By Jill Ferguson
One of the silver linings of the Coronavirus crisis in Goa has been the outpouring of citizen engagement over the last one month. Goa has changed, and changed for the better. Since the moment the lockdown was announced, an ad hoc coalition of groups has come together in Goa. In the digital age, such outpourings of engagement are often amorphous and slippery things. For that reason, they are very hard to document and often go unrecognized. Even as 100s or 1000s of people may have been active, the average person has no idea, and remains disheartened. As a member of one of the volunteer initiatives that have been working tirelessly since the crisis began, my purpose here is to give you many reasons to be inspired by your fellow residents of Goa. Groups of citizens have behaved in ways that highlight what is best in community and village life, re-invigorating both. Whatsapp groups across the state have been created amongst housing societies and villages so neighbors can support one another and share information in a timely manner. We are witnessing people sharing veggies from their gardens, placing bulk orders as communities to reduce the need for people to shop individually and risk exposure, and generally supporting their neighbors in acts small and big.
There are innumerable new groups that have sprung up in recent days, and existing groups that have become massively re-energized. But some of these include Goa Humanitarian Helpline, GiveforGoa, Goa Outreach, Live Happy, Terra Conscious, Indian Red Cross Society and JCI, Konkan Development Society, Aastha Society, Anti Hunger Squad, Farhan Rasheed Foundation Self Help Group, the Humano Welfare Trust, Humanitarian Relief Society Goa, and ActforGoa.org. Apologies if I’ve left off a group that you are part of! A comprehensive database of who is doing what is a real need at this moment.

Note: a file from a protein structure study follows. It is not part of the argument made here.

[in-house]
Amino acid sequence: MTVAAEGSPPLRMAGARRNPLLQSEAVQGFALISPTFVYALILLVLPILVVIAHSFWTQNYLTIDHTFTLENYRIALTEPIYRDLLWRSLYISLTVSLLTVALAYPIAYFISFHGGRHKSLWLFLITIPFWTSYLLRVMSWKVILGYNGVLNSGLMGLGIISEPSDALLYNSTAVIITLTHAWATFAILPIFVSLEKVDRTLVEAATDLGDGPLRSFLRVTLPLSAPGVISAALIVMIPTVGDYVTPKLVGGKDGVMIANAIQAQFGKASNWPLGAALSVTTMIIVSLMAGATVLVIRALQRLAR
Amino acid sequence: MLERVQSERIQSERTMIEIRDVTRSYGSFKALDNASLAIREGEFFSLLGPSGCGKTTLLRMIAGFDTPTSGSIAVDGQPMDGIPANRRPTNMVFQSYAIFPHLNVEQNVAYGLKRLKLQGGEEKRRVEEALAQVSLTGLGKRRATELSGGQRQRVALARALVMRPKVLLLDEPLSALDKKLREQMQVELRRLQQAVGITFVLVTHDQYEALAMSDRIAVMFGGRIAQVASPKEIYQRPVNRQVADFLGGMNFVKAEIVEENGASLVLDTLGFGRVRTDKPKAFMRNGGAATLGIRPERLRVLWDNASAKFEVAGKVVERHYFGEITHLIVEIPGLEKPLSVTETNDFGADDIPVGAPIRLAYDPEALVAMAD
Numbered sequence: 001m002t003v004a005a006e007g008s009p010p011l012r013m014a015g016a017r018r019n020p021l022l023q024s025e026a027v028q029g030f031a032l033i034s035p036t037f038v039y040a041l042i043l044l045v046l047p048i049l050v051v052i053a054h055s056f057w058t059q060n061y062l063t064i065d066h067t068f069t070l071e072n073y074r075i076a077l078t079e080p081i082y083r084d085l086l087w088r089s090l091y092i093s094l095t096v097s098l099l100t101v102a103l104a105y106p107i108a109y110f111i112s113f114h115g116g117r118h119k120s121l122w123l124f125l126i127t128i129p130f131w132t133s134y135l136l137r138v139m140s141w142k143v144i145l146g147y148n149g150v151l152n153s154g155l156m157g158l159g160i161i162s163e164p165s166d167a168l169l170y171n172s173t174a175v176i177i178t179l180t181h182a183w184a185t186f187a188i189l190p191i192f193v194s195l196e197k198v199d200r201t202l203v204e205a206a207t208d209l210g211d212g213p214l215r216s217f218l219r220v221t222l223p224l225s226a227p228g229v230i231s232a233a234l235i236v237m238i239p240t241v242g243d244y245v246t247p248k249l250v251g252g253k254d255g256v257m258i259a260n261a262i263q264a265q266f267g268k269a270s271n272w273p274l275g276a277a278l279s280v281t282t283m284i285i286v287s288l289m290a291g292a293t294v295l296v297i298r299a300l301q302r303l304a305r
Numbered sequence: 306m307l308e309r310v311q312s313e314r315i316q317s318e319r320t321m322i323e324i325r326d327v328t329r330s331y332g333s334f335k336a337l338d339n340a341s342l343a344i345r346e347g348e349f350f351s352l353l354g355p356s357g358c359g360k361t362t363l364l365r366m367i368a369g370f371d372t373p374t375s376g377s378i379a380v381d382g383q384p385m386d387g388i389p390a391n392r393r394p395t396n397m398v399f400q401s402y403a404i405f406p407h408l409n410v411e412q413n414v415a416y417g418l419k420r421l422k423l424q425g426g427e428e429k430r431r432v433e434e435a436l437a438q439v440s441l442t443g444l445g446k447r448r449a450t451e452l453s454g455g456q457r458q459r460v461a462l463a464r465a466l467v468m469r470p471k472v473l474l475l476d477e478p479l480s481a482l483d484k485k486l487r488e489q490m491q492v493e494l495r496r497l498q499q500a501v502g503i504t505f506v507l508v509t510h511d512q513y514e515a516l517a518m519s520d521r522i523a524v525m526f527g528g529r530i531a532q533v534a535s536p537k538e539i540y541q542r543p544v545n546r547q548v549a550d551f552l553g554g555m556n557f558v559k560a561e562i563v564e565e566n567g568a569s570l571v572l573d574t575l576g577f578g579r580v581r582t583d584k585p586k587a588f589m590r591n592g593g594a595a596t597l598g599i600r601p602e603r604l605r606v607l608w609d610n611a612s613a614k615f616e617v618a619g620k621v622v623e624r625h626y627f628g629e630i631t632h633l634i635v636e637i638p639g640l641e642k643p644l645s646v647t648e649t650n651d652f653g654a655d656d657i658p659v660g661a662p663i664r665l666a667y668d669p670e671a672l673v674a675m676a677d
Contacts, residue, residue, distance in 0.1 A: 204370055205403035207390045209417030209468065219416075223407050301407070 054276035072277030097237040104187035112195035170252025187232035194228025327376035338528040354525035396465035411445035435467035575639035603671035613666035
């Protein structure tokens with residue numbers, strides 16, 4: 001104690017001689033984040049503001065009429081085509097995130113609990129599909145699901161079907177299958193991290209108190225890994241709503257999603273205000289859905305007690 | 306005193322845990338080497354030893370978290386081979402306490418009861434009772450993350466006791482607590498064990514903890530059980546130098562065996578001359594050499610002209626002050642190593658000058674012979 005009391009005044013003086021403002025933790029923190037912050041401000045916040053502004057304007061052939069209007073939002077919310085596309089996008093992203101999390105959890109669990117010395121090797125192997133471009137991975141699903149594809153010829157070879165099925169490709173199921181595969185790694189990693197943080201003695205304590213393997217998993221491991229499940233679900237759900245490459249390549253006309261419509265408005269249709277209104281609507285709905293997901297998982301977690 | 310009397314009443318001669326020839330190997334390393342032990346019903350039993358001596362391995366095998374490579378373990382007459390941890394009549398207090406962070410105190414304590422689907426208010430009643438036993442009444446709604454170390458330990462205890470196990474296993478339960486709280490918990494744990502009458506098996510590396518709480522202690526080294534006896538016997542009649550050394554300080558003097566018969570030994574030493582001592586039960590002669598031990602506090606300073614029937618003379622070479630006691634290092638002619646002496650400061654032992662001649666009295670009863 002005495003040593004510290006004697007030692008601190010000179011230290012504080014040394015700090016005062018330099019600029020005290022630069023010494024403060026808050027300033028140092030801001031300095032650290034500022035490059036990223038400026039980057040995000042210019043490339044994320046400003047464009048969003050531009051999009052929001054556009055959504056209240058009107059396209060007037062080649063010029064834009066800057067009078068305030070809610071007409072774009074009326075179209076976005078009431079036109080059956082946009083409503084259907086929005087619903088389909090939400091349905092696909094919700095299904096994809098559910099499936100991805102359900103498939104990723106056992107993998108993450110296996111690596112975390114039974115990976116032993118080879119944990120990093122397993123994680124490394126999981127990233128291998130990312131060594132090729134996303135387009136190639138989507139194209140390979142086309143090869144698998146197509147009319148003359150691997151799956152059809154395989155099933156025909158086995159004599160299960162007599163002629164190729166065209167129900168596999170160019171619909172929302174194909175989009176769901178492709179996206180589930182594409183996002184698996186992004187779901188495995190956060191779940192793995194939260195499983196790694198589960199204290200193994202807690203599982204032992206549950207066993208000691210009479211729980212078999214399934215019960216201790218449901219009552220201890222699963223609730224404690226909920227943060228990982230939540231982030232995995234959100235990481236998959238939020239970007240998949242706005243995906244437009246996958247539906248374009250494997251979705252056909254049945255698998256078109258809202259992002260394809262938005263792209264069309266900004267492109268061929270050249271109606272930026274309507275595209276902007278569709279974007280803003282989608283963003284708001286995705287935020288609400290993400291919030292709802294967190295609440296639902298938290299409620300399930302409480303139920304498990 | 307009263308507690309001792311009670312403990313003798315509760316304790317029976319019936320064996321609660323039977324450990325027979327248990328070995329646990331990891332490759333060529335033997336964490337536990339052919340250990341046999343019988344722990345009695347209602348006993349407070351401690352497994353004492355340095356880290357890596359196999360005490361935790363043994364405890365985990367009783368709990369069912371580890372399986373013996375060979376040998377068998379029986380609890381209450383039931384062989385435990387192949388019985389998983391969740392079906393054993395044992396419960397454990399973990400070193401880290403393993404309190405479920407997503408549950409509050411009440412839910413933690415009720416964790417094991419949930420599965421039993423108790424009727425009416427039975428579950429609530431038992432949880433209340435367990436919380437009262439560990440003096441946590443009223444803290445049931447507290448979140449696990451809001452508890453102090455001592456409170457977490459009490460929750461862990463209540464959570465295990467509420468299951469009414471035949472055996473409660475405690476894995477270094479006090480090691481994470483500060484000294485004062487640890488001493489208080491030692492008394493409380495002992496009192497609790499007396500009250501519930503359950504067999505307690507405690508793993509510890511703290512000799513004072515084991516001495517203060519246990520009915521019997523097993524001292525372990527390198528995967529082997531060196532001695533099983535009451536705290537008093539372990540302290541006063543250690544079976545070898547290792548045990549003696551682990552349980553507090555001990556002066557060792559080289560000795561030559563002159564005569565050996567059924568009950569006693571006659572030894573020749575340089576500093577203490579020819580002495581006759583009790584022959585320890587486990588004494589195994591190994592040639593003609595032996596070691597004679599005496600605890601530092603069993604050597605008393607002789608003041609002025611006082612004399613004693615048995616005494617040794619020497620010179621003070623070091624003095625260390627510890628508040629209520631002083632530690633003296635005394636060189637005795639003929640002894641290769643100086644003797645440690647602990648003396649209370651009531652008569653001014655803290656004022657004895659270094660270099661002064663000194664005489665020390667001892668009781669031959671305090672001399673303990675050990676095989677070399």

ActforGoa is the network it launched in November 2019, after two years’ worth of facilitated group discussions with students, colleges, activists, lawyers, filmmakers and others about what kind of civil society Goa needs. As soon as the lockdown was announced, ActforGoa started by helping to research, compile, verify, and share relevant information to help people get through self-isolation safely. So far, since the Covid crisis began in Goa, we have worked with over 60 volunteers across various groups and in different organizations. We’ve identified four verticals where volunteers will be needed over the next 12-18 months, to ensure a lack of talented people-power is never a problem. Much of the civil society response has been focused on providing rations to the needy. There was an overwhelming response from citizens, volunteer groups, and organizations to feed migrants and other at-risk communities, and also to contribute donations to these efforts. The groups coordinated well: we mapped where all these various migrant communities are, in hopes of reducing duplication and redundancies; we verified the number of people in each location and the amount of food required; we organized ourselves according to geography, so that one group was in charge of each specific village, but we all spoke with each other; we shared best practices. Though there is no hard data, I would venture to guess that at least 20,000+ people have been fed in the last couple of weeks by various volunteer organizations and networks across the state.